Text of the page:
About Us

Gayaza Coffee > About Us

Our Background

The history of Gayaza coffee dates back to the 1920s. 

Our great-grandmother, Mrs. Milia, roasted the coffee in local pots and ground it on a local millstone, which she then wrapped in banana leaves and took to the market for sale. Ms. Milia later died leaving a daughter, Nakintu, my father’s mother.

My father was already a shoemaker at that time. and my grandmother, Mrs. Nakintu, told my father to get into the coffee business as all the equipment was still available and my father started roasting coffee on site, then he upgraded, built a coffee roaster and utilized charcoal roasting. The roaster used to make 10kg of coffee at a time, then switched from a local grinder and bought a grinder, started packing it in paper bags, used their own stamp and called it Kabuye coffee around the 1960s.
He worked for a while and won the market by saving money and buying the land we are on now around the 1970s.

Since there was no electricity here, he moved to Gayaza, where there was electricity, bought land there, and installed his electric grinder there. My father worked; During the time, no one was allowed to process and sell coffee. My father had to get a license from the Coffee Marketing Board (CMB) which was the only body authorized to buy and sell coffee. So we used to go there and buy coffee there all the time, but we had a hard time packing and we had so much orders that often failed due to lack of packaging.

In 1984, my father went to UCB (Uganda Commercial Bank) and applied for a loan which he was granted and bought a coffee roaster, coffee grinder and other packaging material, and a small van. This loan was to be repaid in 4 years with a grace period of 2 years before starting to pay back and we repaid the loan. We got packing material from Kenya and paid a small, not too high fee.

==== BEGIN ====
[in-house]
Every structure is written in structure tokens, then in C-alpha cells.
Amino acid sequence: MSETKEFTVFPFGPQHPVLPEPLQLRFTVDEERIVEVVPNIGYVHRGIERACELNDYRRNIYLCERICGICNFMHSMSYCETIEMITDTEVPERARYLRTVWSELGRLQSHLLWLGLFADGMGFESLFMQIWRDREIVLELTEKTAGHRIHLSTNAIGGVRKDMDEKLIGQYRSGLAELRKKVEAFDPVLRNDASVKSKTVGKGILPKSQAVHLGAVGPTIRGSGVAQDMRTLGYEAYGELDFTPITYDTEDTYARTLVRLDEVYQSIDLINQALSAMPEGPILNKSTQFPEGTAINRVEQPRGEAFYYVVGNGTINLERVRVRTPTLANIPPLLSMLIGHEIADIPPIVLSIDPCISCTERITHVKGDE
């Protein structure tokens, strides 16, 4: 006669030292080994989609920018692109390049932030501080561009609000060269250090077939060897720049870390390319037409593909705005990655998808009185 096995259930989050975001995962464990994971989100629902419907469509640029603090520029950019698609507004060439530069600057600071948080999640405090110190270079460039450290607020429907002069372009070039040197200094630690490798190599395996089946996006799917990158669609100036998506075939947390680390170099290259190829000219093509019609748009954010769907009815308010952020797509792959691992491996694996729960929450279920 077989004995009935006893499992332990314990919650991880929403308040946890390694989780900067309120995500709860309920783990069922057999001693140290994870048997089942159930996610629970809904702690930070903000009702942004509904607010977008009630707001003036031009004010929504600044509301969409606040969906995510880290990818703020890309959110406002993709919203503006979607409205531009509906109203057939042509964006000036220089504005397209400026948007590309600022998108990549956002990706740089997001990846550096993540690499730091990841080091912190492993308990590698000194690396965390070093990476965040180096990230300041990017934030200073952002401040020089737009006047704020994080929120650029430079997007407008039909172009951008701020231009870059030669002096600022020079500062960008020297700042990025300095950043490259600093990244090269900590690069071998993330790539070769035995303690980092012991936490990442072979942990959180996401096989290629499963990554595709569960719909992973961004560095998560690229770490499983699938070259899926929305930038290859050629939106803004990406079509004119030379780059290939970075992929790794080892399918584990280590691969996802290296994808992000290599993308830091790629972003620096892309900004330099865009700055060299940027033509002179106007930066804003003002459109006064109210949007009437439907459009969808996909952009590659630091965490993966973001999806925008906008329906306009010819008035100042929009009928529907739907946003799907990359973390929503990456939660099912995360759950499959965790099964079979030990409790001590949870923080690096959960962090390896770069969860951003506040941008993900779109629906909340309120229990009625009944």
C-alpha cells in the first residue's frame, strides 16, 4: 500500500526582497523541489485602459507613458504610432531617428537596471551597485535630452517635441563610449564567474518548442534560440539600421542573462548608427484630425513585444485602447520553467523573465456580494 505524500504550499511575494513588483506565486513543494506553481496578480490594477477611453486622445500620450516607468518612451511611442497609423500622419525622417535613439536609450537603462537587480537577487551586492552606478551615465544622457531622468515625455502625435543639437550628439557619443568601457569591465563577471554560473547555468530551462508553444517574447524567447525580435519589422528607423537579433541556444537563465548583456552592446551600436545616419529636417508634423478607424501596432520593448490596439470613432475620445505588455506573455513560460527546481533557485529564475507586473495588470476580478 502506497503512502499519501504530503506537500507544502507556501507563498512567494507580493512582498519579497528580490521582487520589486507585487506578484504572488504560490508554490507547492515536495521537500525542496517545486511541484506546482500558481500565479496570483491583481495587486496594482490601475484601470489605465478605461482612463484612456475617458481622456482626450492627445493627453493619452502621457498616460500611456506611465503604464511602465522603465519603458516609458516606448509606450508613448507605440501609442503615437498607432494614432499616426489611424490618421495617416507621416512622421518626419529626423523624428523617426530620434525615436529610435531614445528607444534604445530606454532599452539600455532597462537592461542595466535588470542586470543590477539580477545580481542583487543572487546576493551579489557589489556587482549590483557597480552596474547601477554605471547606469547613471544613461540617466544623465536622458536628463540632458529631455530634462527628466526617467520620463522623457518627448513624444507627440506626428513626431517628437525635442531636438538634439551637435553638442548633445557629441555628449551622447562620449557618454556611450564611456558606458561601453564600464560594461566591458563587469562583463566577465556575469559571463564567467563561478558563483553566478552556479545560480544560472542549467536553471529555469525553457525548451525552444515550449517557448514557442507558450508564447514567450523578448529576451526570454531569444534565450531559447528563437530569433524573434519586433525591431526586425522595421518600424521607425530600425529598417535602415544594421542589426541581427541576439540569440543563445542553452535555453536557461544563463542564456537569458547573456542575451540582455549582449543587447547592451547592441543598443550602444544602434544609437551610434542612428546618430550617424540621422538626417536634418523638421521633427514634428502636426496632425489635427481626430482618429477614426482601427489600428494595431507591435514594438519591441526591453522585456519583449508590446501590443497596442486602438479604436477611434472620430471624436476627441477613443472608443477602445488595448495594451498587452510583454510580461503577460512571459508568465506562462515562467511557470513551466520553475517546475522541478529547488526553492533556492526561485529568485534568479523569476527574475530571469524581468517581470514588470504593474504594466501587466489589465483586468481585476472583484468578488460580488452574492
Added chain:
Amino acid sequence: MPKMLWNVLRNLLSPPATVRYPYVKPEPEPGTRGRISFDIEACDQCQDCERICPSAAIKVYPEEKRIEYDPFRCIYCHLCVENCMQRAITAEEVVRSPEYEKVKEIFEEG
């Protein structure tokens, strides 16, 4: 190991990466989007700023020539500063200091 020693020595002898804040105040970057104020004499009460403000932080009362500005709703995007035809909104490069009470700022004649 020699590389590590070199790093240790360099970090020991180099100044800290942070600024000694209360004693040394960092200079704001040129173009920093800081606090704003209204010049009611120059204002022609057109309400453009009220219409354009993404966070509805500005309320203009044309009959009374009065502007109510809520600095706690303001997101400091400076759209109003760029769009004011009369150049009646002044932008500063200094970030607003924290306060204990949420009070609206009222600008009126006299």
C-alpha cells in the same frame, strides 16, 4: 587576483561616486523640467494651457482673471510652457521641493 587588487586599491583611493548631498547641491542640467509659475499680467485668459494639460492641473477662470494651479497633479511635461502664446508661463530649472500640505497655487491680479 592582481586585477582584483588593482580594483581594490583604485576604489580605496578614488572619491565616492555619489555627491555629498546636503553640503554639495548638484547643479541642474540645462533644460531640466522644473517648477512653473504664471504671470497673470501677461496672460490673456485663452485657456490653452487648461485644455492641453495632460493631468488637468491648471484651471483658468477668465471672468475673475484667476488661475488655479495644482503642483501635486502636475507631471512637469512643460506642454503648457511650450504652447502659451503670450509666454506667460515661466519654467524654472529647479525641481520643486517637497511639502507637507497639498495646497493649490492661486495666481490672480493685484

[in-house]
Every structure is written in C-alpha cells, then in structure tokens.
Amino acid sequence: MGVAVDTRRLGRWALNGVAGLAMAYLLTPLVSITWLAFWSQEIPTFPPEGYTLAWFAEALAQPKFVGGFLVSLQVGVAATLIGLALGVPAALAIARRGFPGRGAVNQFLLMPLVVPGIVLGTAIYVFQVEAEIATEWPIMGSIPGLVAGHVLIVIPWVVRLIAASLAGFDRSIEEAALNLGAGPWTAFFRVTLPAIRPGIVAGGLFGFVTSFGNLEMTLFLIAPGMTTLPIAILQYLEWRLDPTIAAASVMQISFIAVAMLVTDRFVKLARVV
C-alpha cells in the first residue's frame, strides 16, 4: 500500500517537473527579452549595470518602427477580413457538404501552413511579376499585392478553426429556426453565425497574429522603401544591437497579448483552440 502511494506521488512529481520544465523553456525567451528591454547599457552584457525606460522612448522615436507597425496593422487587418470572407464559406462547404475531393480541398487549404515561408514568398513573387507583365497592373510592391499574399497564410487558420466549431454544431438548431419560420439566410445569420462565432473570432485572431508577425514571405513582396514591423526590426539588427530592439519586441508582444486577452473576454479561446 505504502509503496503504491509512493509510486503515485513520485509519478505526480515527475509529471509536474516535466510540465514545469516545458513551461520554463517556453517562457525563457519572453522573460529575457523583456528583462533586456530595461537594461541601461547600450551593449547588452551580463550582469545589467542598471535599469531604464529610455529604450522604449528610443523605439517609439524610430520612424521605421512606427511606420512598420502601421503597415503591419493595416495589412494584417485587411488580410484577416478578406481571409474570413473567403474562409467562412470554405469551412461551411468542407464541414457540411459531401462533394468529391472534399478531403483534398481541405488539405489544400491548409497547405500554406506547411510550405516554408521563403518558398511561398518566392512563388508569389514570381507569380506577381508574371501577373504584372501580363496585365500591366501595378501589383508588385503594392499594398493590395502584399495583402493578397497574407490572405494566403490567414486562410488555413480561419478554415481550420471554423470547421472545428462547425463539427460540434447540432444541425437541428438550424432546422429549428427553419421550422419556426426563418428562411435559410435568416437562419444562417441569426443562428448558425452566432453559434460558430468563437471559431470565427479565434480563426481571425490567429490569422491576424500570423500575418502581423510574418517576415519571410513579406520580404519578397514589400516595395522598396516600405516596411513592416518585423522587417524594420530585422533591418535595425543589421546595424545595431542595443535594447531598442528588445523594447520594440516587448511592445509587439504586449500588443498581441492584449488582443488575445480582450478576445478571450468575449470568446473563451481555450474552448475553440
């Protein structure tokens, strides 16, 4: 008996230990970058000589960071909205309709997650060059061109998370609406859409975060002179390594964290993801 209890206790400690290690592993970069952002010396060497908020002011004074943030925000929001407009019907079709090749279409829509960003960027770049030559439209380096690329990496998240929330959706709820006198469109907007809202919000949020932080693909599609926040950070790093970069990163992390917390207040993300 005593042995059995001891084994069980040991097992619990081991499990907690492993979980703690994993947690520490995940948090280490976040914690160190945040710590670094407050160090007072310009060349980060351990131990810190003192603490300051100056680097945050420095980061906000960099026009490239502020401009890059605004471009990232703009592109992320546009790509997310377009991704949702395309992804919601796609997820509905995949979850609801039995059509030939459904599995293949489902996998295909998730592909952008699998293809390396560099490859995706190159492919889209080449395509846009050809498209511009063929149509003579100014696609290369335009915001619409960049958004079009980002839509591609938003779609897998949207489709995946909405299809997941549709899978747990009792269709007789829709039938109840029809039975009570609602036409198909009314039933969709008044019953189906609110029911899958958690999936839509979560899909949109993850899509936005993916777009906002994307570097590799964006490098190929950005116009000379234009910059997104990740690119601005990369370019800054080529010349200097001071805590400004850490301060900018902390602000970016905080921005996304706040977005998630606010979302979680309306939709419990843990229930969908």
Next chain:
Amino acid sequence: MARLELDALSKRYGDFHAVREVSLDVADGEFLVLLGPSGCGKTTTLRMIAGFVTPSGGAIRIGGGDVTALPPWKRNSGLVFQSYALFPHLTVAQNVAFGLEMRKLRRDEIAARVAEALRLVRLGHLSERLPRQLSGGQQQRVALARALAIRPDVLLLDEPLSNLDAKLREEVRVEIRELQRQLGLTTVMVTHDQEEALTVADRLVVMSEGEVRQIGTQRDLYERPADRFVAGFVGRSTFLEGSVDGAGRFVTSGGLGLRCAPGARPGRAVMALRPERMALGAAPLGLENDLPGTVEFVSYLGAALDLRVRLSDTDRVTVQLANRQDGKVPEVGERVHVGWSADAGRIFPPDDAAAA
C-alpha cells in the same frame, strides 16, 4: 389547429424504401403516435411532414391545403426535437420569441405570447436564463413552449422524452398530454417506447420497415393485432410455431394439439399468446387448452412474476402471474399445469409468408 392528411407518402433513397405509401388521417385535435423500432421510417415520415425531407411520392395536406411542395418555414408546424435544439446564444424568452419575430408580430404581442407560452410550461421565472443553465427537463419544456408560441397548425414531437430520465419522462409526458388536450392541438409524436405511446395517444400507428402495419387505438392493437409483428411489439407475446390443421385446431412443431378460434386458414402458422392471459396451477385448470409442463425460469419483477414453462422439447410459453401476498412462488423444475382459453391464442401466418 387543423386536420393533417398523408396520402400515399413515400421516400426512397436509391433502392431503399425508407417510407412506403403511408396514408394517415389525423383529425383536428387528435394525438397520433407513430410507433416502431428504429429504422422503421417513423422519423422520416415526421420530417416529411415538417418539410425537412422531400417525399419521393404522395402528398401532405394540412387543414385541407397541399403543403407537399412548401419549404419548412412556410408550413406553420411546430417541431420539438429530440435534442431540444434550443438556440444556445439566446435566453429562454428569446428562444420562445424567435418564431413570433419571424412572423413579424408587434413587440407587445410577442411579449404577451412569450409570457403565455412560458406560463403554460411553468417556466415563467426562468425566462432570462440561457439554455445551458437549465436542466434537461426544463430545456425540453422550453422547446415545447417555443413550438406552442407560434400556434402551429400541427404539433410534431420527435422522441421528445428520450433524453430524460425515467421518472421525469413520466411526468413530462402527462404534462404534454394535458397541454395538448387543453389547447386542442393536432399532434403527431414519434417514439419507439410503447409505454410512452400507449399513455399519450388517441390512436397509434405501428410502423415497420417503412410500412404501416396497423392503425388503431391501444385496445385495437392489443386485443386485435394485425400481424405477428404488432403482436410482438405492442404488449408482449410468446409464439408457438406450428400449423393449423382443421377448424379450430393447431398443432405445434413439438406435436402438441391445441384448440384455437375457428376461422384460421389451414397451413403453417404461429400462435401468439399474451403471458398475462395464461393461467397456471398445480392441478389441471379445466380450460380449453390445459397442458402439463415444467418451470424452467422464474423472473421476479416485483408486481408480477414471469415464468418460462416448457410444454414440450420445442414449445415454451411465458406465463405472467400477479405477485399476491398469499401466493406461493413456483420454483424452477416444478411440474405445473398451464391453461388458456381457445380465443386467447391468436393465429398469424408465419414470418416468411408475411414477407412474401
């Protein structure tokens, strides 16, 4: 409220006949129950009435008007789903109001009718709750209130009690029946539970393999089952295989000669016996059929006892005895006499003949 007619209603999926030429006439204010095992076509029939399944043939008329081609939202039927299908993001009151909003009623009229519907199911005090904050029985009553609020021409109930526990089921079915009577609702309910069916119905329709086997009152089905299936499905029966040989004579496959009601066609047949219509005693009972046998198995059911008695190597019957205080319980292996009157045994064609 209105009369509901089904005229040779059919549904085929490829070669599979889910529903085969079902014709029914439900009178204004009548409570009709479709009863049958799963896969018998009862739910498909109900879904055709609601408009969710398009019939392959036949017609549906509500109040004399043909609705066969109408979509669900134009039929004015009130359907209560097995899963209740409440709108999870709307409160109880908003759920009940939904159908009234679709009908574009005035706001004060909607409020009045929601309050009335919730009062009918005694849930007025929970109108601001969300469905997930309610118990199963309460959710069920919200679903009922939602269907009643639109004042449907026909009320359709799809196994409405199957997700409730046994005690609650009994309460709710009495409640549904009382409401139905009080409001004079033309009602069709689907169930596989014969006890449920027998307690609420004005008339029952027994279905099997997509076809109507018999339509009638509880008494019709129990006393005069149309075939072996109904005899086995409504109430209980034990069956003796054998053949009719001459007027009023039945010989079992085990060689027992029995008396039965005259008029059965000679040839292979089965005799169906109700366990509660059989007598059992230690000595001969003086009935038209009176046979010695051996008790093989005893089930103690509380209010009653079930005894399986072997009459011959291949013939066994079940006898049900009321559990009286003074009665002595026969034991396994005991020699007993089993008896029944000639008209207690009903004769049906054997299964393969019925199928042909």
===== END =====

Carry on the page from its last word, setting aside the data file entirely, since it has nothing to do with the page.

The machines ran out, we couldn’t work well. My friend James Mulwana had bought some machines from Unilever at the time. This company had good machines including roasters and I asked James to sell us a machine which he sold to us for 85 million Uganda Shillings by then and we slowly paid for the machine until we fully acquired it. We bought a complete package including a few machines and packaging machine.

I have roasted for so many suppliers because our machine has the capacity. It can roast 500kg of coffee a day. The issue we have is that the machine is old, and we had bought it second hand and yet we have so many people we roast for. If we could acquire a new machine, we can roast and work well. We have the market, but the machine is old.

Some orders we can’t do because the machine is old, yet the market is there. We have taught people to consume coffee, People stop taking coffee because they don’t know how to prepare it. Sometimes people don’t buy coffee because its sometimes expensive. I have taught people how to prepare coffee, and how to prepare coffee. Packaging is also expensive, but people really love coffee. We supply coffee everywhere in Uganda, let no one ever tell you that in Uganda people don’t consume coffee. We can sell up to 30 tons of coffee in a month.

We sometimes get orders from outside Uganda, and we sell on the borders and our neighboring countries come to the borders and buy and they always call us to thank us for making good coffee. If we have good machinery, we can really work and supply worldwide.

We have constructed a factory where we are working from now and we have bought some land and 3 trucks for moving the coffee. We have built an arcade and various rental apartments from this coffee business and most importantly we have created employment opportunities for over 60 Ugandans. We also have a coffee garden of about 8 acres.